$25-$75; 8 p.m. (plus 2 p.m. matinee on Feb. 27)
I’m one of those good ol’ Celtic mutts you find around here, so I’m eagerly awaiting the chance to see Louisville Ballet’s “Celts.” One of the ballets in “Three Reflections,” it combines music and dance to create what the Ballet describes as Lila York’s “own effervescent ode to Ireland.” The program also includes a world premiere ballet by Amy Seiwert. Dance Magazine included Seiwert on its “25 to Watch” in 2005. So now it’s our turn to get to “watch” her choreography set to Mozart’s “Symphony No. 25.”
The third part of “Three Reflections” is the return of “Cold Virtues” by Adam Hougland. Danced to Phillip Glass’ “Concerto for Violin & Orchestra,” this was Hougland’s first commissioned work for the Ballet. —Jo Anne Triplett
Saturday, Feb. 27
Wild & Scenic Film Festival
2117 Payne St. • 896-8480
$30; 8 p.m.
In 1999, the South Yuba River Citizens League convinced California’s governor to designate 39 miles of the South Yuba River “wild and scenic,” depriving the local flora and fauna of a riverside Tumbleweed. A few years later, they decided to celebrate the victory by throwing a big party and watching some movies. Continuing this tradition, The Kentucky Waterways Alliance is hosting the Wild & Scenic Environmental Film Festival Saturday with the theme “Water Connects Us All.” Several documentaries will be screened, including “Living Lightly,” a zero-impact parable by Louisville filmmaker Robin Burke. WFPK’s John Gage will emcee the event, and Wiltshire Pantry, Riverbend Winery and the Bluegrass Brewing Company will provide food and drink. —Jonathan Meador
Saturday, Feb. 27
Trampled By Turtles
1386 Lexington Road • 584-8088
$20; 8 p.m., 18+
Dave Simonett says Trampled By Turtles owes its career to college and public radio. “Throughout the whole time we’ve been playing, it’s been the only radio support that we’ve gotten,” says Simonett, the band’s producer and main songwriter. “I find that not just for us but for other bands in similar situations as ours.” The group’s rousing new-grass takes shape in Duluth, Minn. Palomino, their latest album, opens with a drag-racer called “Wait So Long,” and from there, the Turtles rarely downshift. “Our band has always been best live. That’s where we’re able to tap into something that has been a challenge in the studio.” Del McCoury Band headlines the WFPK fundraiser. —Mat Herron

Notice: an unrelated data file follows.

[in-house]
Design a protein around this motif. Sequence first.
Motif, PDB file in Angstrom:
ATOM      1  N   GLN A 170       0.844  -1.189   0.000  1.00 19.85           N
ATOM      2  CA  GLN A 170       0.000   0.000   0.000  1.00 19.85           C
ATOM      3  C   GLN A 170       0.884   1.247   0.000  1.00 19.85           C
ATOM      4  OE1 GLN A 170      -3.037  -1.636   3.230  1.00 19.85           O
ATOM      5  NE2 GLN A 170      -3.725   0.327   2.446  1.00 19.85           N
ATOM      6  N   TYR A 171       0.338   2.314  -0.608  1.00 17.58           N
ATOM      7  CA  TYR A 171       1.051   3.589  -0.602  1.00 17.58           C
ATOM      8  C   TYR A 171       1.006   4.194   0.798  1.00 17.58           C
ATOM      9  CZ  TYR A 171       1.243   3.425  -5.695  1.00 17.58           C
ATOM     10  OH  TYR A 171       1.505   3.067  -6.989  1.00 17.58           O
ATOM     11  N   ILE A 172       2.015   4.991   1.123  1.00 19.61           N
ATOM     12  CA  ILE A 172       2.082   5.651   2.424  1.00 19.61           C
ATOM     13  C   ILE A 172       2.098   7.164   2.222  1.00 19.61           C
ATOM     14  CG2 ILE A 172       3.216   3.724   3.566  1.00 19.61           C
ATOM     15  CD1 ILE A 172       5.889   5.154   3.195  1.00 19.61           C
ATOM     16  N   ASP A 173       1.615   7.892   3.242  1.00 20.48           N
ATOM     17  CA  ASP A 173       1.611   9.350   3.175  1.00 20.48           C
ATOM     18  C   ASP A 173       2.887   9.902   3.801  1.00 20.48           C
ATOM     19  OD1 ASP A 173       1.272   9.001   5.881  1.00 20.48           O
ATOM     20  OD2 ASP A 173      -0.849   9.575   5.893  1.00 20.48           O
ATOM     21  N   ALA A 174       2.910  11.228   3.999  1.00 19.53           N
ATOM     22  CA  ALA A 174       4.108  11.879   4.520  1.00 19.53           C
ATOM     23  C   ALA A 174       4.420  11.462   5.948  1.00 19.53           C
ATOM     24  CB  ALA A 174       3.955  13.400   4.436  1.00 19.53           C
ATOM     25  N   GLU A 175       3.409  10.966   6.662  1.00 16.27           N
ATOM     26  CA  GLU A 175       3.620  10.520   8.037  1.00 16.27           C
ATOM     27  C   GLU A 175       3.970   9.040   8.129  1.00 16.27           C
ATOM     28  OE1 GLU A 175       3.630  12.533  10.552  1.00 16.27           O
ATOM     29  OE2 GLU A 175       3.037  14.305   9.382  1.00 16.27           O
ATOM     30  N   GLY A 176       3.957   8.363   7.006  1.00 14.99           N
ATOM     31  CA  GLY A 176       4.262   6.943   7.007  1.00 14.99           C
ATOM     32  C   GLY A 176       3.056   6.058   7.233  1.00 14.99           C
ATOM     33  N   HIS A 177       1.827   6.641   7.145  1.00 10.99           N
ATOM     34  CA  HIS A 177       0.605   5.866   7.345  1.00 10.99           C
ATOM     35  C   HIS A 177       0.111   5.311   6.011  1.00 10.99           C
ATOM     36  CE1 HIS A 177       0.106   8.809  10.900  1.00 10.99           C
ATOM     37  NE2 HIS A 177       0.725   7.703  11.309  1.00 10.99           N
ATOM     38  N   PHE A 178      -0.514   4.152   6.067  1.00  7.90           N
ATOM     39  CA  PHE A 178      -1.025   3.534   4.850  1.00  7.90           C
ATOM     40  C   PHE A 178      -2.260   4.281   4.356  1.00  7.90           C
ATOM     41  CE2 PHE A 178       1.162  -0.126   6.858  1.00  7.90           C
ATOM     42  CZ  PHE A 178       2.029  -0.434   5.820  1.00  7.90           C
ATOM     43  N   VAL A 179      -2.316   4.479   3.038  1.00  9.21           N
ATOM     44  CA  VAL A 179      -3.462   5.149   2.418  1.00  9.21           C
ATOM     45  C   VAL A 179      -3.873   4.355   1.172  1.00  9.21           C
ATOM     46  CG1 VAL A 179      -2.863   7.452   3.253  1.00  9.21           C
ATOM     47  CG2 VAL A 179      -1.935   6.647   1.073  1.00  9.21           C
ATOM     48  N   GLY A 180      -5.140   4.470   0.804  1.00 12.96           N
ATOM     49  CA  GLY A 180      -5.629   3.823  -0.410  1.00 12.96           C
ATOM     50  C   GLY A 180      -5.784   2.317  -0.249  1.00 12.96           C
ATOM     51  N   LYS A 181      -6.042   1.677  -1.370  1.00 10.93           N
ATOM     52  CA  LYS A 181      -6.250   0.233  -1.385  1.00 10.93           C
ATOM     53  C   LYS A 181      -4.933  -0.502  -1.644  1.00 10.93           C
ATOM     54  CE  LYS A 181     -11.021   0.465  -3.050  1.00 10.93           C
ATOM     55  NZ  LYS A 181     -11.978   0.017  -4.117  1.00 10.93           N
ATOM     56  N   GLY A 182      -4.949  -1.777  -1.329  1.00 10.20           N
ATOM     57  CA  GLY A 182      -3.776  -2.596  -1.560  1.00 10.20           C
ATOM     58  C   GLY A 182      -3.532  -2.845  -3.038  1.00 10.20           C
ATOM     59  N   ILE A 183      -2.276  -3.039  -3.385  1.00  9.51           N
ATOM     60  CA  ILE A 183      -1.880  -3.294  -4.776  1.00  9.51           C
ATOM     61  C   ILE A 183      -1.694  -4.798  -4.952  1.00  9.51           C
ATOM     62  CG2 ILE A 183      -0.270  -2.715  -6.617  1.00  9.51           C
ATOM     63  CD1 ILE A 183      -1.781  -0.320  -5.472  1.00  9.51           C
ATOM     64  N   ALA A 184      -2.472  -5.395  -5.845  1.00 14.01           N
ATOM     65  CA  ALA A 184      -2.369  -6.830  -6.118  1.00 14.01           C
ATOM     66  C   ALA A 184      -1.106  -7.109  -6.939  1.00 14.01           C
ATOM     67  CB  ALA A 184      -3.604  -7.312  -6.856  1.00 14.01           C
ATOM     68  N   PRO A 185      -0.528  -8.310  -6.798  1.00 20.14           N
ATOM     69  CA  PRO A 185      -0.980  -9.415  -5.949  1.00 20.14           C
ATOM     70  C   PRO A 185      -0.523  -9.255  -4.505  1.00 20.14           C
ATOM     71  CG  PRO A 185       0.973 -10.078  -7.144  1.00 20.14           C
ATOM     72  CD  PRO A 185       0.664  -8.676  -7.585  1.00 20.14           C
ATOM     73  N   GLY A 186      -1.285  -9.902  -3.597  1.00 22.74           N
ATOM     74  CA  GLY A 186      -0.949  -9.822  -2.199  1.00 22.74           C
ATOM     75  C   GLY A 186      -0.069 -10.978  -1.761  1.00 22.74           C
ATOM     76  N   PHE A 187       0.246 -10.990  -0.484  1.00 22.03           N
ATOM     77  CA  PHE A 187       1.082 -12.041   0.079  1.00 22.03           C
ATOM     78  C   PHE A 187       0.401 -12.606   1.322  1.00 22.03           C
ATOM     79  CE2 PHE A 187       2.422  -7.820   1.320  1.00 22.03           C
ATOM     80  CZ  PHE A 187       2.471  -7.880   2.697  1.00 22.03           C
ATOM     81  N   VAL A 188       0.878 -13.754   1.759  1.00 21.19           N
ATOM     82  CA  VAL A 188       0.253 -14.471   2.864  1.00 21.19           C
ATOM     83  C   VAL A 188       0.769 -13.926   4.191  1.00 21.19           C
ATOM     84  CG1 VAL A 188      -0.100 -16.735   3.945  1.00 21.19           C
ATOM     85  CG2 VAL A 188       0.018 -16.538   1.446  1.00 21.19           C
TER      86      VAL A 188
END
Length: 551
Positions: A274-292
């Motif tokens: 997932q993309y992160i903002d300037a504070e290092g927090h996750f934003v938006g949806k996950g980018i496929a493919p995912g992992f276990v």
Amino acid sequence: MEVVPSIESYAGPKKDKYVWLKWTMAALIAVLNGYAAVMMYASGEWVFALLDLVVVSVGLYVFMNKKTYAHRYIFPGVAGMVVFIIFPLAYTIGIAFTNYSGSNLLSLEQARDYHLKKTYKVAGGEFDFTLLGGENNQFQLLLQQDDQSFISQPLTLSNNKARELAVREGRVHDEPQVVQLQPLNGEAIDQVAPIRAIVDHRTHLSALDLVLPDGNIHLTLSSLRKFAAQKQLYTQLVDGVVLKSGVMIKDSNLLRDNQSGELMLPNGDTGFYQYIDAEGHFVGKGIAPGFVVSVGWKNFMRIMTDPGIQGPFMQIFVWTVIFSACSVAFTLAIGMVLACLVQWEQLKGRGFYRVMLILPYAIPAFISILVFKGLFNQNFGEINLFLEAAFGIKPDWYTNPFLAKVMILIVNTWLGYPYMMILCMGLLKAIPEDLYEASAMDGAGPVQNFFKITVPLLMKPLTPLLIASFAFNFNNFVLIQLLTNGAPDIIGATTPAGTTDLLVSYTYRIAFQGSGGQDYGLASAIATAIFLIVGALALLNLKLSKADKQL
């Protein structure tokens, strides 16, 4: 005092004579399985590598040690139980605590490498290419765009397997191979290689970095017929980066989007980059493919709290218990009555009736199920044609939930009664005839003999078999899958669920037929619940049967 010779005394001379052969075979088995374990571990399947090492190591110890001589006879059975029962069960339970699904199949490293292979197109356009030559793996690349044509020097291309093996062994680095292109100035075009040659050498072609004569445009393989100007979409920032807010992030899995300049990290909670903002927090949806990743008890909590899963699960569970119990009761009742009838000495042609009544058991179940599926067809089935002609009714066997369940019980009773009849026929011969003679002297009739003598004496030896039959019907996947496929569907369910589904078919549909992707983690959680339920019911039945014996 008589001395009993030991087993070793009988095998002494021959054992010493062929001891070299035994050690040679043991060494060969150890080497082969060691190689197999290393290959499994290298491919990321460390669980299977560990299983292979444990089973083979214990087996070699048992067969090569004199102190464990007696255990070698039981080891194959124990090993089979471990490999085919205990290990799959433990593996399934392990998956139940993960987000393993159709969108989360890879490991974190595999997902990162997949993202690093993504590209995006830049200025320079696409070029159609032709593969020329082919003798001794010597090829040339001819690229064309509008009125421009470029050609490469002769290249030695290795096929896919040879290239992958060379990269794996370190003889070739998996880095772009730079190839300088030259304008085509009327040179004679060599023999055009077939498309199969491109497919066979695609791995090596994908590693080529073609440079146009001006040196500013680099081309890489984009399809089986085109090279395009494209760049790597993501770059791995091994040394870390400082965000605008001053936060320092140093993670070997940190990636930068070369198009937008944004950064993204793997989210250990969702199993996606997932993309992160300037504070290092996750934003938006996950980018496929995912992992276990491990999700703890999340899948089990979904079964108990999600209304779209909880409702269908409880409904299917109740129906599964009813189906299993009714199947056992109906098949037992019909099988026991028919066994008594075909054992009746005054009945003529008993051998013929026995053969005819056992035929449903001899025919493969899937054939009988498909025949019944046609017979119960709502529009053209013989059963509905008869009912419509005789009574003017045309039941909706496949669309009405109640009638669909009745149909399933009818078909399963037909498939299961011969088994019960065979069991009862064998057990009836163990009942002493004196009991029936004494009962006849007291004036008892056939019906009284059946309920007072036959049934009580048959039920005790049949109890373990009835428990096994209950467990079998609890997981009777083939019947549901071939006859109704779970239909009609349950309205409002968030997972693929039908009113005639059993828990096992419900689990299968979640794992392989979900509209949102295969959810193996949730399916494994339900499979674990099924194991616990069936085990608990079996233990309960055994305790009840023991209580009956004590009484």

Through April 2
‘8 Track – The Sounds of the ’70s’
Derby Dinner Playhouse
525 Marriott Drive, Clarksville, Ind.
$29-$42; times vary
The phrase “1970s music” often conjures memories of disco and leisure suits. That’s unfortunate and unfair — not all pop culture in that confusing decade was bad. Granted, most of it was, but not all. Derby Dinner Playhouse in Clarksville will do its best to bring back some good memories for everyone with “8 Track — The Sounds of the ‘70s” through April 2. (And really, what better venue is there than dinner theater for entertainment like this?) Conceived by Rick Seeber and with musical arrangements by Michael Gribbin, “8 Track” features the music of The Emotions, The Carpenters, Helen Reddy, Cat Stevens, the Doobie Brothers, the Bee Gees, Barry Manilow, Joe Cocker, Paul Simon, James Taylor, Aretha Franklin … well, a lot of artists you probably remember. Scoff all you want; you know you’ll enjoy it. —Kevin Gibson